We all exhaled when the Prop 8 ruling at last placed marriage equality, for now, in the constellation of basic rights enshrined through centuries of political struggle. Whatever your opinion of marriage as an institution, as my Colorlines colleagues point out, the ruling articulates why same-sex couples deserve full recognition under state and federal law. Judge Walker explained the durability of the right to marry even as society's beliefs on race and gender relations evolved:
When the Supreme Court invalidated race restrictions in Loving, the definition of the right to marry did not change.... Instead, the Court recognized that race restrictions, despite their historical prevalence, stood in stark contrast to the concepts of liberty and choice inherent in the right to marry. The marital bargain in California (along with other states) traditionally required that a woman's legal and economic identity be subsumed by her husband's upon marriage under the doctrine of coverture; this once-unquestioned aspect of marriage now is regarded as antithetical to the notion of marriage as a union of equals. ... Marriage was thus transformed from a male-dominated institution into an institution recognizing men and women as equals. ... Yet, individuals retained the right to marry; that right did not become different simply because the institution of marriage became compatible with gender equality.
But the right to marry could soon become very different in its impact on couples who struggle against other social barriers, including immigrants and people of color. The New York-based Immigration Equality represents thousands of couples threatened with separation under immigration restrictions that don't recognize their partnerships. The group has pinned its hopes on an earlier district court ruling in Massachusetts against the federal Defense of Marriage Act. With that decision still in limbo, the final Prop. 8 decision could be a long step forward for binational couples trying to make marriage work across borders. Immigration Equality's Legal Director Victoria Neilson blogged that the ruling was "another clear sign that history is on our side." However, she wrote, "Because this is a first step in a longer legal battle, there will be no direct benefit to binational couples for now. We're still reading and digesting the decision and will blog again shortly about its implications. For now, let's take a moment to celebrate." ...And hope the moment lasts. Given the complex entanglement of state and federal DOMA-type restrictions, the group advised transnational LGBT couples that access to federal benefits could expand, but state rules might still pose a hurdle:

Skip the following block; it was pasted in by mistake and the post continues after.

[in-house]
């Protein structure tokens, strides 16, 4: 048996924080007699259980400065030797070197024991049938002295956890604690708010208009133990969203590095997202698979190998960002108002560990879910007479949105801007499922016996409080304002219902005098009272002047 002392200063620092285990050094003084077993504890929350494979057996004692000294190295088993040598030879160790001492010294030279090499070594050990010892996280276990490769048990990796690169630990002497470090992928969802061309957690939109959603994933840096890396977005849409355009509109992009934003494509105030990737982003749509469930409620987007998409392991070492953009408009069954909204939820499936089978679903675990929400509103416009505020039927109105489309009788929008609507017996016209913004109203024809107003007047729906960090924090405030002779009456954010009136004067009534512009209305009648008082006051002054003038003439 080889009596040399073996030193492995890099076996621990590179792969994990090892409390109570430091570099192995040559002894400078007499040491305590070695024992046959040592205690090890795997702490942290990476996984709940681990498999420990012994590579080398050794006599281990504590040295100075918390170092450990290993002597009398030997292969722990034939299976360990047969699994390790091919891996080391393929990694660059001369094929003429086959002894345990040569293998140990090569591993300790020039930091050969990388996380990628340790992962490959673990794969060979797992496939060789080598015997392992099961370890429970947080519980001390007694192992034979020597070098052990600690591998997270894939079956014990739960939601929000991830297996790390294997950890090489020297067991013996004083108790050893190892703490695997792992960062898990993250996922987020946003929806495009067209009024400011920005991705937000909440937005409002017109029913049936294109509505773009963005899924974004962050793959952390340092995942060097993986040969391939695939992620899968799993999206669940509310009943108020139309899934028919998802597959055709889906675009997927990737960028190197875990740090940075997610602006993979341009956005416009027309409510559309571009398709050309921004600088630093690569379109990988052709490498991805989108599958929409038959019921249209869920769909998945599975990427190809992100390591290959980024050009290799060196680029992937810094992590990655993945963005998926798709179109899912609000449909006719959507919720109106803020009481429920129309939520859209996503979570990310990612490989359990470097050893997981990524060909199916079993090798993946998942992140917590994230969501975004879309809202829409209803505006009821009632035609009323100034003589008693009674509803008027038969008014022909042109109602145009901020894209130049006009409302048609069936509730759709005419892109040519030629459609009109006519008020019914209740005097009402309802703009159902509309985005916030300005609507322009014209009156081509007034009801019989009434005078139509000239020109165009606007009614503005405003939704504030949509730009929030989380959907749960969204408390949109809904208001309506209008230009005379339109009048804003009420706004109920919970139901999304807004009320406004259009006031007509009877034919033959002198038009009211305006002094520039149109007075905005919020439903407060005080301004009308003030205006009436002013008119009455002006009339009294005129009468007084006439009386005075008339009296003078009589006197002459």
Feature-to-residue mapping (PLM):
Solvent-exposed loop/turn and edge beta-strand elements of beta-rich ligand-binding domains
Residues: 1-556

If, eventually, the Supreme Court upholds the ruling that DOMA is unconstitutional, same sex couples that are validly married, would be able to receive federal benefits, including immigration, based on their marriage. Basically, this would mean that binational couples who live in the handful of states that allow same sex marriage could get immigration benefits, and couples who live in states with mini-DOMAs could not.
Judge Walker's opinion cites both the federal DOMA and California's similar bar on same-sex marriage in its interpretation of the 14th Amendment. The Globe and Mail's Konrad Yakabuski notes:
This marks the first time an American court has established that gays and lesbians have a right to marry under the U.S. Constitution's equal-protection clause. Previous legal victories - in Massachusetts, Connecticut and Iowa - applied only to state laws and constitutions. They did not extend gay rights beyond state borders. Judge Walker's ruling, if upheld by the Supreme Court, would apply nationally.
Yet according to Immigration Equality's earlier DOMA analysis:
Certainly a victory in the Supreme Court striking down the federal recognition section of DOMA would be a huge victory for binational couples (at least giving them the option to move to LGBT friendly states to pursue immigration benefits.) Meanwhile, we must continue to push for passage of an LGBT inclusive [Comprehensive Immigration Reform] and for passage of the [Uniting American Families Act].
Those last two legislative initiatives involve incorporating LGBT-conscious language in reforms to family unification and sponsorship policies--another often-overlooked facet of the immigration debate. So celebrate today, but hold that sigh of relief. With the LGBT, immigration and racial justice movements bonded in the cause of civil rights in matrimony, all these communities can now get back to work together, to harmonize their agendas for inclusive change that leaves no one behind.